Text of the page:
Sacred geometry is a concept developed in ancient times grounded on the idea that the world is created based on a consistent geometrical pattern. This “mysterious” geometry can be found in ancient Greek temples all over Greece. The concept ascribes symbolic and sacred meanings to certain geometric shapes and geometric proportions associated with the belief of an orderly universe.
Sacred geometry triangles ‘Connecting’ ancient Greek temples
During ancient Greece, this concept was manifested in two triangles formed by three sacred places each. One is formed by the ancient Greek Temple of Poseidon at Cape Sounio, the Temple of Aphaia Athena on Aegina, and the Temple of Hephaestus in Thissio of Athens. The second triangle is comprised of the Temple of Apollo at Delphi, the Parthenon in Athens, and the Temple of Aphaia on Aegina.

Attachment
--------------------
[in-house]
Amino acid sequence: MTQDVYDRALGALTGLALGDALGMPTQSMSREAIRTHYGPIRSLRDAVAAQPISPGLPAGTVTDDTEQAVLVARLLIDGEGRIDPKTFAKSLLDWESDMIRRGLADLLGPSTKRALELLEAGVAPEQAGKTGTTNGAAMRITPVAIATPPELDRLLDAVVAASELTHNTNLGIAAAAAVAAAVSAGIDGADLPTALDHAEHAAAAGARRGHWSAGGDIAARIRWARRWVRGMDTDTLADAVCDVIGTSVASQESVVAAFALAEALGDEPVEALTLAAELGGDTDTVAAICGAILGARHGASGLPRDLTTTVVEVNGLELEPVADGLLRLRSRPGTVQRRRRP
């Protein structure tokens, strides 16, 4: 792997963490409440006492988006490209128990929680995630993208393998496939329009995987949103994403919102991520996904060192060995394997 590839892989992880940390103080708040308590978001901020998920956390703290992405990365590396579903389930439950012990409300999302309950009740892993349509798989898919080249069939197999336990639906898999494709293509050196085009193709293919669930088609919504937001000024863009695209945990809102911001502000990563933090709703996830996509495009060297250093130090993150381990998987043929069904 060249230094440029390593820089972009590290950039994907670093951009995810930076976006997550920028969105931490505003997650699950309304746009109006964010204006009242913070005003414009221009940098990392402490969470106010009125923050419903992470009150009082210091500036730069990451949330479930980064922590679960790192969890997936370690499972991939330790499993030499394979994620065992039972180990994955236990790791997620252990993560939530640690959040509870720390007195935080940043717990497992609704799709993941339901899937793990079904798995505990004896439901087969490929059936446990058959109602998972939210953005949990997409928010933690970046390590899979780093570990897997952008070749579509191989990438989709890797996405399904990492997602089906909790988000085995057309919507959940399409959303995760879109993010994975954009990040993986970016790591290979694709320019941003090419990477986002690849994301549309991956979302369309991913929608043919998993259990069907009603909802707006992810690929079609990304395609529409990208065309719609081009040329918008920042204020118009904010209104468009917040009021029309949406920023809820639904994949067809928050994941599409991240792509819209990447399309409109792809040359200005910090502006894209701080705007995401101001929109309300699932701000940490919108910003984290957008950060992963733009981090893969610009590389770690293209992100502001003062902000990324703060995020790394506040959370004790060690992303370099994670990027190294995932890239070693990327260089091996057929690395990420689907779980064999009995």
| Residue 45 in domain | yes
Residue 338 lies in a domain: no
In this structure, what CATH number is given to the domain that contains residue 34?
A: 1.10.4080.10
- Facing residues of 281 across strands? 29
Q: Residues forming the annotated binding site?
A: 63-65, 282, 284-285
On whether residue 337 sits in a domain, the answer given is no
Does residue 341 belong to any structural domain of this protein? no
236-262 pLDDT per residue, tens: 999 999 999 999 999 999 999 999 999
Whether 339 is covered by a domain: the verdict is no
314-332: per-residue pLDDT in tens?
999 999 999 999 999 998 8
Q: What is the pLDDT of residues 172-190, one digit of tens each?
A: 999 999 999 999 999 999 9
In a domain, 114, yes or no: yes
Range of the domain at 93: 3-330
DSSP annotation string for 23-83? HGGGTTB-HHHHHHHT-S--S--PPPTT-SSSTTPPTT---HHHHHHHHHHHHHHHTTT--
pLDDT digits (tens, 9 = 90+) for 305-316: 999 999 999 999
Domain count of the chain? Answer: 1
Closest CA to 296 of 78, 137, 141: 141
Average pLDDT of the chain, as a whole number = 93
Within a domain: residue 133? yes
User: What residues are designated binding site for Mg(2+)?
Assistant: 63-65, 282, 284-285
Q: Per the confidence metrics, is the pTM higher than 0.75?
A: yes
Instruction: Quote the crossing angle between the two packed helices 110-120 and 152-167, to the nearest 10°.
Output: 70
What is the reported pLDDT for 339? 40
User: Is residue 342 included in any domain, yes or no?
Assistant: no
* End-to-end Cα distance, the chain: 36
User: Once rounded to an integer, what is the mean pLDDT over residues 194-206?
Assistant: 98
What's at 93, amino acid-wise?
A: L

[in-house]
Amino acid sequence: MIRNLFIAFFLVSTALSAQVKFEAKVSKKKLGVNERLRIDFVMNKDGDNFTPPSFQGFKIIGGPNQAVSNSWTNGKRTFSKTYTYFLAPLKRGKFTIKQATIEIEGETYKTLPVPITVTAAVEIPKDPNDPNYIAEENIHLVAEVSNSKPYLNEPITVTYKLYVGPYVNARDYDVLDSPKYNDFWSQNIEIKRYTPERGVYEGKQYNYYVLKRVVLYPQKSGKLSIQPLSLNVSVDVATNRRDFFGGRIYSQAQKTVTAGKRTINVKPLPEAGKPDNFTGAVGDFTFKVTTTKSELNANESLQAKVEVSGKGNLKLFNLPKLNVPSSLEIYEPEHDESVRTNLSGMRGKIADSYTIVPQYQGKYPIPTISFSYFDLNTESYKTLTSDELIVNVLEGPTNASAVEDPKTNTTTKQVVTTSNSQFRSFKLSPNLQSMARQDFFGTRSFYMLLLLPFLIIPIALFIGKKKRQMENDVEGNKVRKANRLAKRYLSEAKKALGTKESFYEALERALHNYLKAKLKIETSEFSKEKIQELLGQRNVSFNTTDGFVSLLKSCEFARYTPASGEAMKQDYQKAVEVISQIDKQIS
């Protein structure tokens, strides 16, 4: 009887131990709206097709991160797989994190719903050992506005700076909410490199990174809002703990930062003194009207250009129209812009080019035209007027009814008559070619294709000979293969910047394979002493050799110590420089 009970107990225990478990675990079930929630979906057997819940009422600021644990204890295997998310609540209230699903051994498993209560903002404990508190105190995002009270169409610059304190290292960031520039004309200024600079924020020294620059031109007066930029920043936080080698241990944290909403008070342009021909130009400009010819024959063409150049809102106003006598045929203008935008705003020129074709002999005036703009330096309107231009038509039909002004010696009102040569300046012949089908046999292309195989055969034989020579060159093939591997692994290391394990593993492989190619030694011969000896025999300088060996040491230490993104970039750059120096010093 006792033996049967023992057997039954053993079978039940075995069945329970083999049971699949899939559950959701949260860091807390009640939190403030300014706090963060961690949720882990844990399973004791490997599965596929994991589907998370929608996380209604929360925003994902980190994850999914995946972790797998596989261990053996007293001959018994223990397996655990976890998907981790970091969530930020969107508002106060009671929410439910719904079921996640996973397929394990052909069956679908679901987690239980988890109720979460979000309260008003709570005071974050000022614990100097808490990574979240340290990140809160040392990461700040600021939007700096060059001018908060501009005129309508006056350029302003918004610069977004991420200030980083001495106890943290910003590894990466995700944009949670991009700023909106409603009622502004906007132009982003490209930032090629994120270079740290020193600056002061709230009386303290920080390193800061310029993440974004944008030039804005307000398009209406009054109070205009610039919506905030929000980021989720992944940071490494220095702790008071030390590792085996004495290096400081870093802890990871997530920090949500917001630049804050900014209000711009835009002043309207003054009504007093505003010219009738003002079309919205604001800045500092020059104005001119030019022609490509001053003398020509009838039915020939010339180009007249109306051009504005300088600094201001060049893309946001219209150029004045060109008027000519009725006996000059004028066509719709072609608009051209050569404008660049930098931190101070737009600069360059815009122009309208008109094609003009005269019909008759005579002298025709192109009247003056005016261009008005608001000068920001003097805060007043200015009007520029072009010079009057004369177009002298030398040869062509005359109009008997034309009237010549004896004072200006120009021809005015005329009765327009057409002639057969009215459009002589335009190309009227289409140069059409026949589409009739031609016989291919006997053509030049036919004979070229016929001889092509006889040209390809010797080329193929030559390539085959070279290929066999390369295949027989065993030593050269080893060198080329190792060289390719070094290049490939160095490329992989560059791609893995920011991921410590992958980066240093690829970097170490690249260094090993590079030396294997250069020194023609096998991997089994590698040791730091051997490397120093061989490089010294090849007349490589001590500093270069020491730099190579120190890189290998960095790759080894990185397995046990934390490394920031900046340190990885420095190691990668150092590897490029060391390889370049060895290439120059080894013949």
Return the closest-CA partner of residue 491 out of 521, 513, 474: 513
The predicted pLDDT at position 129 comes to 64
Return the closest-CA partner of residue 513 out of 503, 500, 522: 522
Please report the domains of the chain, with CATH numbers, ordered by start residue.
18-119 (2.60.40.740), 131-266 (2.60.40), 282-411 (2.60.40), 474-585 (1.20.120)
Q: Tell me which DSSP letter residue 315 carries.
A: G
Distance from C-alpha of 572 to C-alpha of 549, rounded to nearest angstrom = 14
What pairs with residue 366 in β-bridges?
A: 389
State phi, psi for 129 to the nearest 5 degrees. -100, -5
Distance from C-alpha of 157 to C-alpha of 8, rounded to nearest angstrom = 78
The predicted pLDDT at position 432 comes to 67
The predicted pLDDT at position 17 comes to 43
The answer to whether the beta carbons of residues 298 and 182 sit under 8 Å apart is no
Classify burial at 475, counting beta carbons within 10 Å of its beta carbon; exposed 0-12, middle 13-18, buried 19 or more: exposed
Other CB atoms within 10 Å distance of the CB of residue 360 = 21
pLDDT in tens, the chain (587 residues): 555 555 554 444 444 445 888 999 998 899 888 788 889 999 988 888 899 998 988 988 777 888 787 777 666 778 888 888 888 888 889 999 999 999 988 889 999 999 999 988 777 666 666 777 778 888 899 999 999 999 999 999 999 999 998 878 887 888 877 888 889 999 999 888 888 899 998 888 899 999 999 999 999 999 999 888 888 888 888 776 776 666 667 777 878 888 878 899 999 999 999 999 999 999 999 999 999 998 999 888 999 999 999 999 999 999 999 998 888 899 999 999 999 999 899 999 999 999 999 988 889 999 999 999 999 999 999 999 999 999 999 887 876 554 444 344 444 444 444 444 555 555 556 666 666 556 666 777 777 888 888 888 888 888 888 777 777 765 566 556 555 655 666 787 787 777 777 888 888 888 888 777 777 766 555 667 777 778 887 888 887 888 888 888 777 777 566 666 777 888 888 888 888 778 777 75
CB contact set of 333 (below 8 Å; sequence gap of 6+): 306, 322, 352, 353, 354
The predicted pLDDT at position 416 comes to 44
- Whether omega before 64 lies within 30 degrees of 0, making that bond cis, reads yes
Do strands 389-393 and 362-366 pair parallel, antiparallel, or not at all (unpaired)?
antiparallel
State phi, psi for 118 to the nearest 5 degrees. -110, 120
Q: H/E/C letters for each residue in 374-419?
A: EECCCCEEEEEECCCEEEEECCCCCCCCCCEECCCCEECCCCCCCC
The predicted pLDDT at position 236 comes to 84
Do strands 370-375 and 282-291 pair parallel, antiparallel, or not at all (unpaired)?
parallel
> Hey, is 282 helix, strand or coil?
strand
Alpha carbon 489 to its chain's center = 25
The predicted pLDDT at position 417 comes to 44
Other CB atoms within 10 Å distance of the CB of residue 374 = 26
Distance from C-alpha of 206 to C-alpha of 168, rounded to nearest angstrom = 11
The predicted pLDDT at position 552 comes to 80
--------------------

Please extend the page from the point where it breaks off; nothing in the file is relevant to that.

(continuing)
In 1938, World Renowned architect Doxiades discovered that the monuments and altars were not randomly placed or constructed, but there was a pattern. In 1967, French researcher Jean Richer, wrote the book Sacred Geography of the Ancient Greeks, in which he analyzes those connections.
In his book, Richer claims that if linear lines were drawn from altar to altar, they would mirror constellations along with zodiac cycles. In fact, Richer argues that many of the patron animals of these ancient Greek cities were correlated to the locations of constellations that often included mythological attributions.